Lindsay Paterson

Professor of Educational Policy
University of Edinburgh
Professor of Educational Policy


Lindsay Paterson is professor of education policy in the School of Social and Political Science at Edinburgh University. His main academic interests are in education policy, social mobility, civic engagement and political attitudes. He has contributed to many debates in Scotland since the early 1990s on the impact of education policies, and on the importance of policy implementation in achieving or modifying the aims of policy-makers. He currently (2018-21) holds a Leverhulme Major Research Fellowship in which he is using Scotland’s internationally unique series of surveys of school students between the 1950s and the 1990s to investigate the impact of education policy and social change in the second half of the twentieth century.

RT @PolStudiesAssoc: ????Our early-bird???? conference registration deadline has been extended???? ????????????????????????????Location: Edinburgh ????️Deadline: January 3…

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RT @UKandEU: .@McEwen_Nicola on the strains showing in the UK's family of nations, as a result of #Brexit @CCC_Research @EdinburghUni @uo…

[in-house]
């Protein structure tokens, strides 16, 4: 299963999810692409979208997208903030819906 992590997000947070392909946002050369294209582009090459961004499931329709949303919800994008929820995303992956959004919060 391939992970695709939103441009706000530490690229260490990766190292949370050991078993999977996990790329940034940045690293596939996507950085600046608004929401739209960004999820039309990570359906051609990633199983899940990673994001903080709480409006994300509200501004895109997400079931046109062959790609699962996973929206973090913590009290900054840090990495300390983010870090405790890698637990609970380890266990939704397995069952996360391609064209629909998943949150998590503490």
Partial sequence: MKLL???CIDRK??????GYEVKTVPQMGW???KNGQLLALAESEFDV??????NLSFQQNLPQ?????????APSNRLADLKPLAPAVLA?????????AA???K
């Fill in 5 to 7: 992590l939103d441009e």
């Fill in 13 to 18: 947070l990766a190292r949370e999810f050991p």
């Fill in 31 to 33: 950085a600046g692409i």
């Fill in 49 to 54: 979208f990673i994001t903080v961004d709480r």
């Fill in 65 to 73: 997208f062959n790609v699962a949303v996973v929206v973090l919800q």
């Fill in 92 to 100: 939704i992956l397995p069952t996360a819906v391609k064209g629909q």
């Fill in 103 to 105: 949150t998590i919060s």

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Should we be worried by representation amongst politicians❓ @CairneyPaul and Michael Keating discuss representatio…

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'Especially on Brexit issues, trust between the governments was low before the election. It is likely to be even lo…

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Posts by this author

20 years devolution

Education and the Scottish Parliament

Professor Lindsay Paterson (University of Edinburgh) reviews the Scottish Parliament's "confused" record on education.

What next for evidence-based political debate?

A series of UK General Election 2017 blogs by The Academy of Government on the theme of ‘What next….?’ The opening blog by Lindsay Paterson reflects on evidence-based political debate

Is education policy driving Scotland and England apart?

Lindsay Paterson discusses how there are more similarities of culture, of opportunity, and of cultural ideas between Scotland and England than the rhetoric of politics sometimes indicates.

Attitudes to Gaelic and to Scottish Autonomy

Lindsay Paterson discusses the status of national languages and how people’s support for Gaelic is measured by their hopes for the future number of Gaelic speakers.